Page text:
I spent the last two weeks of November on a travesía in Cochrane, a small town in the extreme south of Chile. This was a trip I had been dreaming about ever since I first learned of the School of Valparaíso in the fall of 2010. The chance to participate in a travesía remains beyond words. So I give you images.
The town of Cochrane provided a lot next to the new Market building for the students to build their works. The professors asked the students to make stations, structures visitors could lean against to chat and take in the views.
For 10 days the students sketched plans, reworked designs, leveled their terrain, and built stations from reclaimed wood. They were mostly fifth-year students, seasoned travesía-goers who had worked together as a team for several years. What impressed me most was how they balanced their time: not only were they responsible for elaborating their stations but they also took turns preparing three daily meals and cleaning the bathrooms. Though their creative process was constantly interrupted they managed to create a beautiful sequence of stations that were great places to sit for a spell.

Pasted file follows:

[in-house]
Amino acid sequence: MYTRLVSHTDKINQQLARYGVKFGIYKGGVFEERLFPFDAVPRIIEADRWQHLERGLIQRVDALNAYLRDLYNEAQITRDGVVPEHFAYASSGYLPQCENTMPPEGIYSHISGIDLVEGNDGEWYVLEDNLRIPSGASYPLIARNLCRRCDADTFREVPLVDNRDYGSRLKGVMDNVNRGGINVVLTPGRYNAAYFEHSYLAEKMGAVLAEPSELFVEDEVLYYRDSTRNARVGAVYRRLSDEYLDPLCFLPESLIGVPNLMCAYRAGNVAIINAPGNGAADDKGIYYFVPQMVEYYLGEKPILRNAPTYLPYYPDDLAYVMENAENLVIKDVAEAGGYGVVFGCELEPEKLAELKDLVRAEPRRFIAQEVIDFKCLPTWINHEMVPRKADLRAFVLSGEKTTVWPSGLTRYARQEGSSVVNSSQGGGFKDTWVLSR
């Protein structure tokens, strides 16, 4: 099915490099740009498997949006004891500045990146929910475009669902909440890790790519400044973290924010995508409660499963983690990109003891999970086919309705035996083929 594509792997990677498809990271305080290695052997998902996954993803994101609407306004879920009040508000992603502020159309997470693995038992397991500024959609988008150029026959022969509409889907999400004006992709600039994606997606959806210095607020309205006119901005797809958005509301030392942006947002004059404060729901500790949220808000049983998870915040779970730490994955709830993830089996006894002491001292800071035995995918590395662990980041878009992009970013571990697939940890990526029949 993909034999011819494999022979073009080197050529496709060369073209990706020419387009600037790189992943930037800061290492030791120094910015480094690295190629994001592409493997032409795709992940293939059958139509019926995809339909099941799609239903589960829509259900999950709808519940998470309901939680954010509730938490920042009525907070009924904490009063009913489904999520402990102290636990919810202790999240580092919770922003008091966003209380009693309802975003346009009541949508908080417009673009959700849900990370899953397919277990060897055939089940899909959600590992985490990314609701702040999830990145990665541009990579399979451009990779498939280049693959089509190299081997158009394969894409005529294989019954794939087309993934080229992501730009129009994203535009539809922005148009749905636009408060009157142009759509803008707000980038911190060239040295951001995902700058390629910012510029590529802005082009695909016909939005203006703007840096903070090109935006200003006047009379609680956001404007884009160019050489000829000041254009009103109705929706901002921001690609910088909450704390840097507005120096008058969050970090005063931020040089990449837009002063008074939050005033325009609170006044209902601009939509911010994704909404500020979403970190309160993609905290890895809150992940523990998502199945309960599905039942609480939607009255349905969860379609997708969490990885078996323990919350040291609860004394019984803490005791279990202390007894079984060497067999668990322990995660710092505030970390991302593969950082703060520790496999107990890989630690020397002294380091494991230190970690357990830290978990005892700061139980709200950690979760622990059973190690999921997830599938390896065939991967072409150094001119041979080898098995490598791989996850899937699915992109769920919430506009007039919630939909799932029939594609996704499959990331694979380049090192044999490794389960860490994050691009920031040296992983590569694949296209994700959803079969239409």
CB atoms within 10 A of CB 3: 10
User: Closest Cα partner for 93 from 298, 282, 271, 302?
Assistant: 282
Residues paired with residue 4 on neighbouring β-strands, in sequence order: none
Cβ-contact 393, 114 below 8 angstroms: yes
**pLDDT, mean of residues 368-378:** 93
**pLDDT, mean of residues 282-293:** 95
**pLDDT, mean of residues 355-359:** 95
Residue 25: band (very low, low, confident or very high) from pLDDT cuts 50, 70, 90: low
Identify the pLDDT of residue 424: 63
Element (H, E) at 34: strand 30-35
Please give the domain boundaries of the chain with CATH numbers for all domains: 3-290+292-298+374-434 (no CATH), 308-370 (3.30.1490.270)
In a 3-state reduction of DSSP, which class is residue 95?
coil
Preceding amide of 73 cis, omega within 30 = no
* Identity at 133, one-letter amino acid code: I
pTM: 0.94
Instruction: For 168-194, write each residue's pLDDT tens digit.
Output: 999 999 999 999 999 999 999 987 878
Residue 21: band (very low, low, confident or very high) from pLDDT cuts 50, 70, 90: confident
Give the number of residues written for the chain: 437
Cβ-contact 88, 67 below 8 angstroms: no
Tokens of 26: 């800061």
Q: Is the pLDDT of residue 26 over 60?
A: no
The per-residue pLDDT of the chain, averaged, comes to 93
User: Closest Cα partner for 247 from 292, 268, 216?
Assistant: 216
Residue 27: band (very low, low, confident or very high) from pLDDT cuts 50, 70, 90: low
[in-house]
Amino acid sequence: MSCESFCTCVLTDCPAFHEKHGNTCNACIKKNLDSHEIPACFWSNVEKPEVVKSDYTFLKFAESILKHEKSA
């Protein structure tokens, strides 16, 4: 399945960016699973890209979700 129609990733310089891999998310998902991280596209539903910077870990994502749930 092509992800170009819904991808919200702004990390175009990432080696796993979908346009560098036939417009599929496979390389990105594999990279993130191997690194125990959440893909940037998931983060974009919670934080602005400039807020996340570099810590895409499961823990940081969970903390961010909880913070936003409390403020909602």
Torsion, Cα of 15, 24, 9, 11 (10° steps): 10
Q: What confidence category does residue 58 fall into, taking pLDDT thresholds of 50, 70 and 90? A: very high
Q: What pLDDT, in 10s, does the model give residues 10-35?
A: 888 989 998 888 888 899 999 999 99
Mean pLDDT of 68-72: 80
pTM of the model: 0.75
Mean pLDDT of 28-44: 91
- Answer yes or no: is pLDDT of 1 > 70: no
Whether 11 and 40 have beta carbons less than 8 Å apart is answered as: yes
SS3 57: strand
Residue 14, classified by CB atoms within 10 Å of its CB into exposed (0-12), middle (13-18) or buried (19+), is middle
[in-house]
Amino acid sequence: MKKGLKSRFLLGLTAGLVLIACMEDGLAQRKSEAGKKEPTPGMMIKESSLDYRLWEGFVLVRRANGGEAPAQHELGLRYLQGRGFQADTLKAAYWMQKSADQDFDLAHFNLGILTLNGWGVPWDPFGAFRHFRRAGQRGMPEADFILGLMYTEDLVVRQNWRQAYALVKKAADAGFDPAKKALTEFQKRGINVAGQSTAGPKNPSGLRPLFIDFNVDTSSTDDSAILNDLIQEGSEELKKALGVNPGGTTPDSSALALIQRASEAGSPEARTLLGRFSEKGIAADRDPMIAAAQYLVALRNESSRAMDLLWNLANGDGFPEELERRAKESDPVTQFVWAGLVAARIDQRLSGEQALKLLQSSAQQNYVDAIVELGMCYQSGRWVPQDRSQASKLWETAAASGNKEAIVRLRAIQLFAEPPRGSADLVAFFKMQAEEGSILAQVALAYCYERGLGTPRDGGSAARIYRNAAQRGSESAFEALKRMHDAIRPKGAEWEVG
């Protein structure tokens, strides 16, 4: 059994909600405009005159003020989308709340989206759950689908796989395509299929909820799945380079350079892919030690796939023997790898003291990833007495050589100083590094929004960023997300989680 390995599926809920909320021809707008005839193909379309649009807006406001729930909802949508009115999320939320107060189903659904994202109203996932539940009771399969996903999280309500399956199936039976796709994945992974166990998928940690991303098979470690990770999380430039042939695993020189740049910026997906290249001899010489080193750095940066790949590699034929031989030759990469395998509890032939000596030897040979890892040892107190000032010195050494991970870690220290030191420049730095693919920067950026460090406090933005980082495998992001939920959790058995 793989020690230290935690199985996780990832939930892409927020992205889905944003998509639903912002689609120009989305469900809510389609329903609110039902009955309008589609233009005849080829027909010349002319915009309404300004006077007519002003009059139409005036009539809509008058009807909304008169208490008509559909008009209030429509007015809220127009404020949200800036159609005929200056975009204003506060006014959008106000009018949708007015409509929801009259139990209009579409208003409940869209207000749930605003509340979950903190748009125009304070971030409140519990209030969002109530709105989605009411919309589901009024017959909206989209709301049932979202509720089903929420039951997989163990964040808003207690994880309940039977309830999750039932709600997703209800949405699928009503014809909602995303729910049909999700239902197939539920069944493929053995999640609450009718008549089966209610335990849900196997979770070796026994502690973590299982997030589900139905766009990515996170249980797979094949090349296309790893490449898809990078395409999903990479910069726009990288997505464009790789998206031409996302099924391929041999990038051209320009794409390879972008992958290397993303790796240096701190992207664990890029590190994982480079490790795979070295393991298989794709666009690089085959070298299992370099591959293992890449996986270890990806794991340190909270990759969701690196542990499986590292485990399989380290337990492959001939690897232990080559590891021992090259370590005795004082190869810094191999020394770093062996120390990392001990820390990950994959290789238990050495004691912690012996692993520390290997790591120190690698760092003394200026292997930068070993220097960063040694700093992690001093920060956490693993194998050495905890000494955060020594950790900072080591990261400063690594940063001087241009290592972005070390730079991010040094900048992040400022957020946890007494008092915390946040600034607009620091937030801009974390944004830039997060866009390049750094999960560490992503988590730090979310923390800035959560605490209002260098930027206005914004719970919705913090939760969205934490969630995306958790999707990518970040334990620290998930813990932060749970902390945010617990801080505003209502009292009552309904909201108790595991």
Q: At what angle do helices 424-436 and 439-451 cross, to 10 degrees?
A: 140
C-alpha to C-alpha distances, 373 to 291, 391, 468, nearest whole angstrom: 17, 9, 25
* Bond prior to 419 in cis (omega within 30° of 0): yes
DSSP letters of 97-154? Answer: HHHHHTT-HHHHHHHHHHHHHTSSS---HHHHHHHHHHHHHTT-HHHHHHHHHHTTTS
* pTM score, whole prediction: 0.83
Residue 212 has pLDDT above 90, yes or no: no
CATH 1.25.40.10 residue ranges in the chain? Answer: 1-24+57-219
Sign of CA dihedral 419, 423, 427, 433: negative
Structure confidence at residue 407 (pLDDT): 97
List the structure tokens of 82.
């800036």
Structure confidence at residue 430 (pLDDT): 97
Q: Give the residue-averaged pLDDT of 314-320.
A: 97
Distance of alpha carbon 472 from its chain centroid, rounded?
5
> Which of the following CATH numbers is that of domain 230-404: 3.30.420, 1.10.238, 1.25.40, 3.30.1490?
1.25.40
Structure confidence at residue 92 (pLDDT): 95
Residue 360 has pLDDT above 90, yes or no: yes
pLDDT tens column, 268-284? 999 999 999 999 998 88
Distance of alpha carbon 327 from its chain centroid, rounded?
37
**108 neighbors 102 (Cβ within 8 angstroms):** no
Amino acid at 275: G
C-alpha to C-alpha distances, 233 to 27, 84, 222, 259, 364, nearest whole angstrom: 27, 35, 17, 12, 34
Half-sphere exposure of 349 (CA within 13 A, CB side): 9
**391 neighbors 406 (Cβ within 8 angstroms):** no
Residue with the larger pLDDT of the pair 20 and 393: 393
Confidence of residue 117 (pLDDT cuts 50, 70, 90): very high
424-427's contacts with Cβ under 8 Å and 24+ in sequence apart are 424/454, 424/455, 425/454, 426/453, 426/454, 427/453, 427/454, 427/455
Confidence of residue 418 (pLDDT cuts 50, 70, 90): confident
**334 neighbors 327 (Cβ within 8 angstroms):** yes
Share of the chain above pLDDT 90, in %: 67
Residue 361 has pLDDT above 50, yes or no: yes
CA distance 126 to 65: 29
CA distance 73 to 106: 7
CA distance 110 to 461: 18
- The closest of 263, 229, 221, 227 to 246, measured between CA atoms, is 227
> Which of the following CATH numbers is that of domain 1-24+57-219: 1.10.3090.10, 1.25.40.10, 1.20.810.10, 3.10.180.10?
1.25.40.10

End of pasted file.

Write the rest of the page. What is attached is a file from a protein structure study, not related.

To state the obvious, the environs of Cochrane are gorgeous. I’ve never hiked so much in my life, most of it accidental, and two weeks was definitely not enough time in Patagonia. The Milky Way was so close I could almost touch it and the Southern Cross glowed bright right over the travesía works.